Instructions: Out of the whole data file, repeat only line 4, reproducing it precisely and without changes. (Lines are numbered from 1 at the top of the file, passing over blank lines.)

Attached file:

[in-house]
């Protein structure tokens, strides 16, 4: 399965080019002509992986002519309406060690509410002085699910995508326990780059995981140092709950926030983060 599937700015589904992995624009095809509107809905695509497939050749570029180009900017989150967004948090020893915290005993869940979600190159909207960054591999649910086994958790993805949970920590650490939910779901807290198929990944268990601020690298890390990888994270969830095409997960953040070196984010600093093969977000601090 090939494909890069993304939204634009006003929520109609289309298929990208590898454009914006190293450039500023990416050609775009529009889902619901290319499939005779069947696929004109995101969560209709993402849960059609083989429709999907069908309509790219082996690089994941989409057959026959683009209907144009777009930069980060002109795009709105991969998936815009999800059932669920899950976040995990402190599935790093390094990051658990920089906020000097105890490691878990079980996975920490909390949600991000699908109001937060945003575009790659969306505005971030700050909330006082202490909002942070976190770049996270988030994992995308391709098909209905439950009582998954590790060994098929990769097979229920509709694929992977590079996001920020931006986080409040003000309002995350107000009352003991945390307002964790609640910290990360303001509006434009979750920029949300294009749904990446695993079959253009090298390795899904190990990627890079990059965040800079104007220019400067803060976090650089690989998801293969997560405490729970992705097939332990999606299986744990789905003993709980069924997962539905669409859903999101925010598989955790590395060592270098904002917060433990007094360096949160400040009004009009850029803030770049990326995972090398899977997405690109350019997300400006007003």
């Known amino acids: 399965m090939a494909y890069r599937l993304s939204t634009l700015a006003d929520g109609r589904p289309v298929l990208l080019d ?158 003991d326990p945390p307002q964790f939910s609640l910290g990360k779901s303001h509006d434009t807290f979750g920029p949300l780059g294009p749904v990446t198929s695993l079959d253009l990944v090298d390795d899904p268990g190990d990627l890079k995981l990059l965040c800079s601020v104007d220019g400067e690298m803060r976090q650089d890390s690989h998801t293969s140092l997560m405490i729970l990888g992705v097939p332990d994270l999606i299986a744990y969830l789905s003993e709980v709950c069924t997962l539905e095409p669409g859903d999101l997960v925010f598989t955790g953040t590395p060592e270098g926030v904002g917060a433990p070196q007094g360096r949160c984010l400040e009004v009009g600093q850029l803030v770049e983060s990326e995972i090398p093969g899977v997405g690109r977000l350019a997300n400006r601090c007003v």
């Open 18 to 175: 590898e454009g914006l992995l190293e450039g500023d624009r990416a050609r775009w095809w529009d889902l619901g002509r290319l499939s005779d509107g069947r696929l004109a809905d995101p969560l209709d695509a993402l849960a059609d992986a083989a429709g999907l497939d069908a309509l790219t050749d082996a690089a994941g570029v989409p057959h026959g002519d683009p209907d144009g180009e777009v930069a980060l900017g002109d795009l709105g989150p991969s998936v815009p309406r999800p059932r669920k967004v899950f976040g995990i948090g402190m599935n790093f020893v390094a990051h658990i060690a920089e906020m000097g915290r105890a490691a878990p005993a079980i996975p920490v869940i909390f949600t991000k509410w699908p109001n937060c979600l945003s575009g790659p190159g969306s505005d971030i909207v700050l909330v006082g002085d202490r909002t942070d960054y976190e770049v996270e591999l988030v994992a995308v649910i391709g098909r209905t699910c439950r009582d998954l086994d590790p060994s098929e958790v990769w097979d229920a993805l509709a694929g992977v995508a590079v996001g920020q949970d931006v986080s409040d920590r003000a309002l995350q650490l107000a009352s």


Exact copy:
């Open 18 to 175: 590898e454009g914006l992995l190293e450039g500023d624009r990416a050609r775009w095809w529009d889902l619901g002509r290319l499939s005779d509107g069947r696929l004109a809905d995101p969560l209709d695509a993402l849960a059609d992986a083989a429709g999907l497939d069908a309509l790219t050749d082996a690089a994941g570029v989409p057959h026959g002519d683009p209907d144009g180009e777009v930069a980060l900017g002109d795009l709105g989150p991969s998936v815009p309406r999800p059932r669920k967004v899950f976040g995990i948090g402190m599935n790093f020893v390094a990051h658990i060690a920089e906020m000097g915290r105890a490691a878990p005993a079980i996975p920490v869940i909390f949600t991000k509410w699908p109001n937060c979600l945003s575009g790659p190159g969306s505005d971030i909207v700050l909330v006082g002085d202490r909002t942070d960054y976190e770049v996270e591999l988030v994992a995308v649910i391709g098909r209905t699910c439950r009582d998954l086994d590790p060994s098929e958790v990769w097979d229920a993805l509709a694929g992977v995508a590079v996001g920020q949970d931006v986080s409040d920590r003000a309002l995350q650490l107000a009352s």